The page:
The Age of Nero

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Band Name Satyricon
Album Name The Age of Nero
Type Album
Released date 03 November 2008
Music StyleBlack Metal
Members owning this album399

Tracklist

DISC 1
1. Commando 04:29
2. The Wolfpack 04:05
3. Black Crow on a Tombstone 03:54
4. Die by My Hand 07:07
5. My Skin Is Cold 05:15
6. The Sign of the Trident 06:58
7. Last Man Standing 03:40
8. Den Siste 07:24
DISC 2 - BONUS
1. My Skin Is Cold (EP Version)
2. Live Trough Me
3. Existential Fear-Question
4. Repined Bastard Nation (Live from Gjallarhorn)
5. Mother North (Live from Gjallarhorn)
6. The Pentagram Burns (Radio Edit)
7. Last Man Standing (Guitar Wall Mix)
8. Den Siste (Analog Mix)
9. K.I.N.G. (Music Video)
10. The Pentagram Burns (Music Video)
Total playing time 42:52

Review @ Vinrock666

04 January 2010
Satyricon’s 2008 release, “The Age of Nero” continues to bear the flag of old school death/black metal while draining the blood of their own brand of hellish doom throughout. Plus, there’s more to this recording than it appears on the surface. While not overtly complex, there is careful evidence on a number of these tracks to suggest a conscious effort on the creators’ part to broaden the scope of their sound. The result is what can honestly be described as a better version of a classical style of extreme metal.

“Den Siste” illustrates the opening point very well. An epic song time-wise, a synthesizer track appears way in the background accompanied by an authentic horn section washing under the chorus. The length of “Den Siste” also affords a break that features a great drum and bass highlight. “Die by My Hand”, possibly the best song on “The Age of Nero”, also employs guest musicians to cover another synthesizer line, as well as a choir background, to give the overall vibe an evil, sacrifice-on-the-altar feel. Finally, “Black Crow on a Tombstone” features the only overdubbed vocal line in that song’s refrain, while “Last Man Standing” changes up one of the verses vocally with spoken word.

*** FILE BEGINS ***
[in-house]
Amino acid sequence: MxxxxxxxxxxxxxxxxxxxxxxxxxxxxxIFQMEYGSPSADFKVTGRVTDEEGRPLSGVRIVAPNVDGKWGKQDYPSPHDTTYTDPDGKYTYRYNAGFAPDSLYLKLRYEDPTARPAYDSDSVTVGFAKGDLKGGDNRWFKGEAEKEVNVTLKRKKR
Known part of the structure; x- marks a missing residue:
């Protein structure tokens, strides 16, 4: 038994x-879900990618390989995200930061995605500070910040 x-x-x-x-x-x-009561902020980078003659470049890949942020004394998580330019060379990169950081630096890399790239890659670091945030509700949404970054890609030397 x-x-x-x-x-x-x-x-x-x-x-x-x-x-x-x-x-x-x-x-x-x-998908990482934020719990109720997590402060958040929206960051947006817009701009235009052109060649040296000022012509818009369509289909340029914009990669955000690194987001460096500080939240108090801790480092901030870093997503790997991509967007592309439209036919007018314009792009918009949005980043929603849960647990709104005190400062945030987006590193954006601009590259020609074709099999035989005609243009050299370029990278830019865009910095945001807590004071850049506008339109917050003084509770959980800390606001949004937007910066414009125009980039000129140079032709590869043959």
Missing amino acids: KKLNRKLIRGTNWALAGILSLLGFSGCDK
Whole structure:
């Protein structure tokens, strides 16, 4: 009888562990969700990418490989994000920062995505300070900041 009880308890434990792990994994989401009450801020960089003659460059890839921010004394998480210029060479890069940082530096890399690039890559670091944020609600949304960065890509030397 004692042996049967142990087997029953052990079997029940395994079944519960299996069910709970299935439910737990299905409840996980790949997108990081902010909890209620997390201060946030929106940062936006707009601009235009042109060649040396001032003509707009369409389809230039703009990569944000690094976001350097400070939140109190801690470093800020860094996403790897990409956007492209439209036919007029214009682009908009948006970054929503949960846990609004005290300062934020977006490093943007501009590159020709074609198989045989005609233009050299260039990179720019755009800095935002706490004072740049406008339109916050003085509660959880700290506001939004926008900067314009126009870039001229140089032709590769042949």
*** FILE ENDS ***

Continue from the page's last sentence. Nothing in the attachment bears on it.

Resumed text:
The main strength of Satyricon’s songwriting on “The Age of Nero” is interweaving and/or linking two or three main themes within each song while running parallel to their designated parts. There are two great tracks that easily show this technique. “Commando” blasts off with one of the fastest riffs on the album, but slows down considerably during the verses and slower still on the chorus only to call back to that same fast riff again by the end. “Die by My Hand” also has three movements; the first molto allegro with pounding double bass kicks, while the third provides great contrast with a crawling tempo and long, broad rhythm guitar notes.

The overall approach to “The Age of Nero” implies plenty of doom, both from the classical as well as the contemporary models to add varietal tone. The better tracks apply this mix, including “The Wolfpack” (which has perfect head banging timing) and “The Sign Of The Trident” (which is not only the deepest in bass pitch, but also thrives on it’s slower than average tempo). This is not to say that there isn’t enough death. Satyr brings it on vocally with his own guttural, growling style while the drumming by Frost***** is ever-present in enforcing a most brutal beat (“The Wolfpack” and “Die by My Hand” show some of his more exceptional work). Altogether, Satyricon succeeds in delivering a very likeable form of death metal with “The Age of Nero”. It is without a doubt a most satisfying work.

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Comment @ METALAVENGER

26 November 2008
I know that a lot of "old school" black metal fans were not impressed by the direction Satyricon had taken on "Volcano". But you cannot fault them for at least trying something different.

Enter "The Age of Nero", and by all accounts a big step up from "Volcano" and "Now Diabolical".

The album kicks of with two blistering tracks, "Commando", and "The Wolfpack", and it is clear from the outset that Satyr and company have harnessed the sound they were searching for on the previous two albums.

The tracks that follow, "Black Crow on a Tombstone", Die By My Hand" and "My Skin Is Cold", ups the tempo even further, before the amazing "The Sign Of The Trident" hits your eardrums. This track has a brilliant tempo and some haunting lyrics, and the spoken segments impart an almost eerie ambiance to the song.

The album finishes of with "Last Man Standing" and "Den Siste", meaning "The Last", wich is sung entirely in Norwegian. Satyr's trademark rasping vocals and rock solid drumming from Frost***** gives each song the authority to electrify.

This is an album that never loses its intensity, and deserves more than just one listen to truly embed itself upon the listener's senses. I believe that both the long time fans and the detractors will find something positive on this release.

Standout tracks include : "The Wolfpack", "Black Crow on a Tombstone" and "The Sign Of The Trident".

My rating : A deserved 8/10.

Jacques Thompson

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